This is the type of behavior that should be called out by public safety campaigns. It would be much better than another batch victim-blaming blather.

Please call the police when people do this. Not for you, but for everyone else.

bikeninja
Guest
bikeninja

Perhaps modern motorists have become so addled with mobile devices, sound systems and poor training that they can no longer be trusted with turning in a crowded urban environment. Maybe we should redesign downtown as a set of straight through North-South, or East-West Lanes with no turns allowed like an olympic swimming pool. Then motorists would have to select the correct lane to their destination before entering the grid. Bikes and pedestrians would have free choice of making turns on the way to there destination. I believe this would improve safety, increase bike use and maybe even reduce congestion.

SafeStreetsPlease
Guest
SafeStreetsPlease

This is getting ridiculous. Could PBOT install an Amsterdam intersection here? That’s what they’re doing around West Burnside and 18th! It’s a far superior design to what PBOT has created, which clearly gives some drivers way too much credit to drive responsibly.

Shoupian
Subscriber
Shoupian

Has anyone sued the City of Portland for allowing repeated injuries to happen at this intersection? As so many people have gotten injured at this intersection by the same right-hook, people need to hold the city’s feet to the fire and force change to happen.

Buzz
Guest
Buzz

Did someone at least have the presence of mind to get her vitals – Drivers License, Registration and Insurance – for the cyclist that was hit???

Kyle Banerjee
Guest

My guess is that there are plenty of right hooks here that are not reported. The scenario with vehicles and cyclists racing each other down to the light is common.

I don’t think making the intersection safe is so straightforward. Signalizing the right turn means:

1) Cyclists will wait at a stop for vehicles to turn when they previously would have been rolling. Given that there’s nothing rare about cyclists running the light now, don’t expect compliance to improve — which will be more dangerous since the incentive for motorists to race to the light before it goes red will be greater.

2) While vehicles are waiting to turn right, those continuing to turn right at Glisan will have to jump over two lanes while cyclists are already there significantly aggravating an existing conflict point.

I think any attempt to put up barriers will result in a significant migration of cyclists to the lane which would only aggravate the existing chaos.

Besides, the turns that follow this one have threats on both the right and the left much closer to the cyclist as well as more limited visibility.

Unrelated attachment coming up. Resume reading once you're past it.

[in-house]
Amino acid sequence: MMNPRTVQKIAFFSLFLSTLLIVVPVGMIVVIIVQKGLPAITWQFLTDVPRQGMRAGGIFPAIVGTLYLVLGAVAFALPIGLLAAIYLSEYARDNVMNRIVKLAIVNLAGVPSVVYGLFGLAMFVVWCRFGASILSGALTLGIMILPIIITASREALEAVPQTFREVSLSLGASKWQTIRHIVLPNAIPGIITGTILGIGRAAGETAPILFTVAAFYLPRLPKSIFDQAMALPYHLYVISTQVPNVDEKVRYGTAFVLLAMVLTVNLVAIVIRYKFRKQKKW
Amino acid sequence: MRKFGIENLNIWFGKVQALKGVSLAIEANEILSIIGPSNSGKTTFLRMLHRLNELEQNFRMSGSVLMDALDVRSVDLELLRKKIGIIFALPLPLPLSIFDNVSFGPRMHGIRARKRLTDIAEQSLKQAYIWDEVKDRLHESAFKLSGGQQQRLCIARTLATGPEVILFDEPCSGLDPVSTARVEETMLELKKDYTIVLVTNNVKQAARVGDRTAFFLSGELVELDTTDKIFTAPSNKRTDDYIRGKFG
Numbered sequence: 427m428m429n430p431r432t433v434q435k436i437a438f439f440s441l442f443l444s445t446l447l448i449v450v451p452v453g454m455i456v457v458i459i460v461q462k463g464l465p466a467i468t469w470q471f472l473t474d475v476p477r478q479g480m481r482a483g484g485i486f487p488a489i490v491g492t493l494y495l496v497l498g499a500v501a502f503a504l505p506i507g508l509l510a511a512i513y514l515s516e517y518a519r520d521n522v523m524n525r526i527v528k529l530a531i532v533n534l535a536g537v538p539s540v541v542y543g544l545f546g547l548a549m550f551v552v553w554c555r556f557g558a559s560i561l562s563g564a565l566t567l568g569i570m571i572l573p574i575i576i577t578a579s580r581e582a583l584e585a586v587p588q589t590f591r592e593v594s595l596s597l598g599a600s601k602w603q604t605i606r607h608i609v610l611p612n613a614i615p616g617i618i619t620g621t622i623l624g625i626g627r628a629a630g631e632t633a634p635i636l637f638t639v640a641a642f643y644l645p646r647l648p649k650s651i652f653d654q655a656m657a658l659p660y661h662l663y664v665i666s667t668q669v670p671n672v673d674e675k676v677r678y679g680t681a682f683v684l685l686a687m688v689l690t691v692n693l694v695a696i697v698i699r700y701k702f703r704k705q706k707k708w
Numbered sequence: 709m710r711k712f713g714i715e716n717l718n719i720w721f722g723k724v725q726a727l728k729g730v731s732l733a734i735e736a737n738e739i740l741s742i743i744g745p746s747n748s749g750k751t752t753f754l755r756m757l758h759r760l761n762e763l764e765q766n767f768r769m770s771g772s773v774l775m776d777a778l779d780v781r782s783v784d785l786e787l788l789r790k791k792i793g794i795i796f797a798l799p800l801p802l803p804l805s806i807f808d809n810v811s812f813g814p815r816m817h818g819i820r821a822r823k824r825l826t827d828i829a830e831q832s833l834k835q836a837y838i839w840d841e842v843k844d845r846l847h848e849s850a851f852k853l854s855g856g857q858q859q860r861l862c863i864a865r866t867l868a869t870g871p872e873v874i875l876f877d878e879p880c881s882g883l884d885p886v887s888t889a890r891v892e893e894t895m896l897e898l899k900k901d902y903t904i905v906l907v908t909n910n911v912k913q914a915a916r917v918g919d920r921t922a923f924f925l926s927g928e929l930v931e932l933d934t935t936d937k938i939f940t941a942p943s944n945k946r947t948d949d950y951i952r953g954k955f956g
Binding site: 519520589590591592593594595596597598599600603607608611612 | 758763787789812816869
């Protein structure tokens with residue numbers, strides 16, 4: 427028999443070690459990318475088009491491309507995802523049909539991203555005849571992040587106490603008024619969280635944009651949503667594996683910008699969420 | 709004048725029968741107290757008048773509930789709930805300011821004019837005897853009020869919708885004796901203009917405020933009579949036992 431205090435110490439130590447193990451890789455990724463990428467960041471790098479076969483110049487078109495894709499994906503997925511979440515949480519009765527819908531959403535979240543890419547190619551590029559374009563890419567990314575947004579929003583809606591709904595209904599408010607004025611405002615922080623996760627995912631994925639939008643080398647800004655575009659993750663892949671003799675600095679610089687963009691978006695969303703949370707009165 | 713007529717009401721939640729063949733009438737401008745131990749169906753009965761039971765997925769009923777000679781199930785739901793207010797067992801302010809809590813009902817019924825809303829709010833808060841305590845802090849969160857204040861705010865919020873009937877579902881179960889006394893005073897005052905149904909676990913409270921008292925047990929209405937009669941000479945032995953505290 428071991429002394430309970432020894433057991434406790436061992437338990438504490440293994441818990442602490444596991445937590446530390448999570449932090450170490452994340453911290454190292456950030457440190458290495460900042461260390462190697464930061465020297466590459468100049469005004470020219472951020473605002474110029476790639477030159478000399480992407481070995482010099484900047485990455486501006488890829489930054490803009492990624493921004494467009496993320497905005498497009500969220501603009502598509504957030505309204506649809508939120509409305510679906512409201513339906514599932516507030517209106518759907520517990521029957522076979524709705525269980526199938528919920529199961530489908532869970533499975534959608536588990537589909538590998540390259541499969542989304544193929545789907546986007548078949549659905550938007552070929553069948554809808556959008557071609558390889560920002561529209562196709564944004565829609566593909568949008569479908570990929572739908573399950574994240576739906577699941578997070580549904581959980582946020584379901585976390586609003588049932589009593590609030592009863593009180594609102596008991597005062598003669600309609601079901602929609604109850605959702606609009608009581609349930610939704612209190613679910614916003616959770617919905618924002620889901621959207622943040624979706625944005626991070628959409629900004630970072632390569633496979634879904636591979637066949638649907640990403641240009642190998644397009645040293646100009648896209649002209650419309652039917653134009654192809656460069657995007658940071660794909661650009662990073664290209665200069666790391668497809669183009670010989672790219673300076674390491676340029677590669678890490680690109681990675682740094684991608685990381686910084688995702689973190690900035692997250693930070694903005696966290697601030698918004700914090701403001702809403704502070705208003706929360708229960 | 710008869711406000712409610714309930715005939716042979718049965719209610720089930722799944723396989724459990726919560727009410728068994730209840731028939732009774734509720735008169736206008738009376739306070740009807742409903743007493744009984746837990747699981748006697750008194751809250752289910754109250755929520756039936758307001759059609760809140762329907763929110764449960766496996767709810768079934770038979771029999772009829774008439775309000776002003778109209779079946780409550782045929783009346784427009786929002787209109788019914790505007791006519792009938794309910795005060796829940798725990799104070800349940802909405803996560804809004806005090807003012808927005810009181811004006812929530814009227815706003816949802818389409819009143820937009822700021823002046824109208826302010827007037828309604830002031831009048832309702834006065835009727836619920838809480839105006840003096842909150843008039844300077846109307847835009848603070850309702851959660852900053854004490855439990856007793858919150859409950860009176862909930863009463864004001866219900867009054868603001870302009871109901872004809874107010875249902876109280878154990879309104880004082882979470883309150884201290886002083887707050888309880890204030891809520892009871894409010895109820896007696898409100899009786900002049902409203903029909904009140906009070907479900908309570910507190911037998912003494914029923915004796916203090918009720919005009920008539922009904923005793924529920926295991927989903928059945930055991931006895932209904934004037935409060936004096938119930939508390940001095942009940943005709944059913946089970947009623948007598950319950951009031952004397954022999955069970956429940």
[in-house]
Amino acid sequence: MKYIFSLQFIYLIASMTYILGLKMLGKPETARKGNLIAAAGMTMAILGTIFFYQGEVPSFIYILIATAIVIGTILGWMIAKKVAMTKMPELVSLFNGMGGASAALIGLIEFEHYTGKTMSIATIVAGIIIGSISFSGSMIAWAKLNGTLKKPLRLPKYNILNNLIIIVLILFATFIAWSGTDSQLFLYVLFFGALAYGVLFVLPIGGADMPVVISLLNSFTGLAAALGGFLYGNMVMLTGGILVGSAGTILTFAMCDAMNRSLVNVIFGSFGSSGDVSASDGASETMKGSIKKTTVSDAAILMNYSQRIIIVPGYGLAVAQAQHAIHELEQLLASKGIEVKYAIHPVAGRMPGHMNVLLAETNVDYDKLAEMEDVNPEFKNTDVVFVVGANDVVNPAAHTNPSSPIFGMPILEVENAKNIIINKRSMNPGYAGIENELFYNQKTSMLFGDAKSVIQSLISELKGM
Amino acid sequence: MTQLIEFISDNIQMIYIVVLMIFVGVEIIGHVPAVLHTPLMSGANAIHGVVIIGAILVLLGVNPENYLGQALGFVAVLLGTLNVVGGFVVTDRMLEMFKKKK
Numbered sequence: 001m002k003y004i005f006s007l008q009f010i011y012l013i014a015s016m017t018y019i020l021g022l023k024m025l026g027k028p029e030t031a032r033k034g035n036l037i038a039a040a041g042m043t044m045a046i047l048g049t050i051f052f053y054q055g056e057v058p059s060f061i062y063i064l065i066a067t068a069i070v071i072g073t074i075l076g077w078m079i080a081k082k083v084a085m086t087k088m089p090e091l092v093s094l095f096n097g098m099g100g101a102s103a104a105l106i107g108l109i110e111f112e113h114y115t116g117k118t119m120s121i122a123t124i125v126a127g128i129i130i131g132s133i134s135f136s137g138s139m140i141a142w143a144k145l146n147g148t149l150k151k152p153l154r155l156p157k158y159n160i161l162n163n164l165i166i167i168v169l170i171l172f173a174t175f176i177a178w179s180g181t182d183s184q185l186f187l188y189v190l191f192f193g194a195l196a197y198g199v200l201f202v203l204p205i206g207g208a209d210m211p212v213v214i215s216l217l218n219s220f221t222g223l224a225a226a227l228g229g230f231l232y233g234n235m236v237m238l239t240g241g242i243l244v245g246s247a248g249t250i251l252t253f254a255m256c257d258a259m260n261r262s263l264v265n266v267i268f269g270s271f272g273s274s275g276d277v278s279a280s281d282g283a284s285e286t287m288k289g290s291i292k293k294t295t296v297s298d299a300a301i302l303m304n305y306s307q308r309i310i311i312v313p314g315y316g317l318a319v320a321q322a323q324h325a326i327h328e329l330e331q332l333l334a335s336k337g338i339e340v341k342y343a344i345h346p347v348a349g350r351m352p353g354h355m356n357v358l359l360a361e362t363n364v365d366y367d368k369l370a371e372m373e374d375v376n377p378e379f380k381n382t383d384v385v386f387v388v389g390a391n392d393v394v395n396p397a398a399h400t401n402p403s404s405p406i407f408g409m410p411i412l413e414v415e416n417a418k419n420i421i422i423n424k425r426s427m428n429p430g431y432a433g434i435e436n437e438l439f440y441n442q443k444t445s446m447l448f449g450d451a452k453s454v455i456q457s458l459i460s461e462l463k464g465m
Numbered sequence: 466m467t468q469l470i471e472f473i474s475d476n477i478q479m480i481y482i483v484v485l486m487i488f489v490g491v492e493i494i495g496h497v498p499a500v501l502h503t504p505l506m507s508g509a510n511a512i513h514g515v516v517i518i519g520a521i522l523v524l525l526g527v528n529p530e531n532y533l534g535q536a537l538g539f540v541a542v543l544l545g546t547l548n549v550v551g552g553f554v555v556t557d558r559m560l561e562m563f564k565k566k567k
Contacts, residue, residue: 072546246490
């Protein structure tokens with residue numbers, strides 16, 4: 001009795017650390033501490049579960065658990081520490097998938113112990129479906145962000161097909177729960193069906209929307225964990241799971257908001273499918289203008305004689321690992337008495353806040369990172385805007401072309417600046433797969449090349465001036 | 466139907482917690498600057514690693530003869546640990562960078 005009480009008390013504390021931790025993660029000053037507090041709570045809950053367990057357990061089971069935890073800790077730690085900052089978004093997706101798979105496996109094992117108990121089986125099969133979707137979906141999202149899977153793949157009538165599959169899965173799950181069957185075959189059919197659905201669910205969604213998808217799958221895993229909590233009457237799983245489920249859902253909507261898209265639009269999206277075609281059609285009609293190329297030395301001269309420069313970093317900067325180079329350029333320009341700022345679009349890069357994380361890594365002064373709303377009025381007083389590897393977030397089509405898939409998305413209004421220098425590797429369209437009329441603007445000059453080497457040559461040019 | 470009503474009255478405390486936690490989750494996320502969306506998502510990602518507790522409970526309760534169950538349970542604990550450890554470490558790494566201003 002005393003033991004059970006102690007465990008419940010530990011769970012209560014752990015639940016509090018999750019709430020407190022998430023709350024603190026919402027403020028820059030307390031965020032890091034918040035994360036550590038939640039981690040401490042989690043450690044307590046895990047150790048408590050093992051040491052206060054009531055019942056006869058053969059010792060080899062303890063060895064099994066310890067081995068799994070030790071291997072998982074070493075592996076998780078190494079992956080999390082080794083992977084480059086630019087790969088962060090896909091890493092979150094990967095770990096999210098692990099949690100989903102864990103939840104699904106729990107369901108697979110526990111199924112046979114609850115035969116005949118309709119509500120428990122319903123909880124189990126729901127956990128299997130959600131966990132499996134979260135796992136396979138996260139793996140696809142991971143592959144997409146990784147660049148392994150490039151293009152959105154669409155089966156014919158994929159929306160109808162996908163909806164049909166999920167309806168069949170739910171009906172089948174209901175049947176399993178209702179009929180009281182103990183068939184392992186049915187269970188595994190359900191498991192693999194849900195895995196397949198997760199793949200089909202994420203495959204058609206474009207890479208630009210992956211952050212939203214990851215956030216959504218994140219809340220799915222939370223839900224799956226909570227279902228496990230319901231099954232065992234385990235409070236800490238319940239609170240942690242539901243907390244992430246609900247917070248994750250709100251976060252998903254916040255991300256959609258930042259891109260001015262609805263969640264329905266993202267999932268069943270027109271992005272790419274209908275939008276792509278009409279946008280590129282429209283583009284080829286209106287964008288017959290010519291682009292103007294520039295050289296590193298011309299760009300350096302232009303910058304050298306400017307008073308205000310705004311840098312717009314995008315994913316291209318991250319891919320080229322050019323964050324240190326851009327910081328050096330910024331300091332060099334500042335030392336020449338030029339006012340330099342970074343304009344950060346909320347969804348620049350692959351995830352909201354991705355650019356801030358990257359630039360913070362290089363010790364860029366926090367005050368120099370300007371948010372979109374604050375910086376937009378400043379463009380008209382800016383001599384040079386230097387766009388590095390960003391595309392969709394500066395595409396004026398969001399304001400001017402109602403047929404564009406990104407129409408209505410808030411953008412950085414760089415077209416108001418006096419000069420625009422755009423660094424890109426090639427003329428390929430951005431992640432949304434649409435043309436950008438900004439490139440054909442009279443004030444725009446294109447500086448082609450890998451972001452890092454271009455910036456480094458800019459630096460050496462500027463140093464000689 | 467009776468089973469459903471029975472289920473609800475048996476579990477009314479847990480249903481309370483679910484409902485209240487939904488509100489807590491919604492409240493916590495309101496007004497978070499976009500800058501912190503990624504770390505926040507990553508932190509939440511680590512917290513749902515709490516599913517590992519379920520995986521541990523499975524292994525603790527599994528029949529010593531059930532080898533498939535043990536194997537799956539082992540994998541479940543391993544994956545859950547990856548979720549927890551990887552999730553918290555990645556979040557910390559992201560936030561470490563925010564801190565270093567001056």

Matt Scar
Guest
Matt Scar

I’ve had to take evasive action twice at this intersection… once in November and once in February I think. For this reason I have begun making a right on Hoyt.

bendite
Guest
bendite

It’s probably generous to say that 50% of the drivers on the road know that cyclists have the right of way in the bike lane.

J_R
Guest
J_R

I don’t see how this could happen. After all, Portland has adopted Vision Zero and we have a task force and a new logo. /s/

Buzz
Guest
Buzz

I know this message is going to reach a limited number of cyclists, and an even smaller percentage will heed it, but through cyclists should leave the bike lane and ride in the left lane here.

RSK
Guest
RSK

When I’m driving west on Couch down to the bridge, I’m constantly checking for bikes catching up to the right onto MLK. I’m surprised I don’t see more collisions there. I usually just but right a block up then left on Davis to avoid that turn.

meh
Guest
meh

Because you never want to apply blame to anyone other than drivers. Yes pedestrians and cyclist eff up while on the road and get themselves killed. And what does it matter what percentage it is? It’s called vision zero. No one should be killed. But if people choose to ignore their own safety then we will never achieve vision zero. Just because a vehicle is involved does not mean it is always the drivers fault no matter how hard you push that agenda.

X
Guest
X

There’s a simple way to ameliorate Broadway/Hoyt. Give people on bikes a 5-7 second head start from the signal at the top of the ramp.

Kyle Banerjee
Guest

It’s clear that overwhelming opinion here is that it’s no big deal for a vehicle to wait however long for however bicycles may be passing regardless of who arrived at the intersection first.

That overwhelming opinion also reflects that it is a big deal for cyclists to slow just a bit to create a gap so that a motorist can turn makes me glad some people here don’t drive.

JeffS
Guest
JeffS

Yes, cyclists would be much safer at this, and most other intersections without the bike lanes.

Surely, bike lane advocates all knew this when they chose encouraging new cyclists over safety of those cyclists.

DanS
Guest
DanS

I’m curious about what, if any, speed differential there was between the guy on the E-bike and the group that he was leading.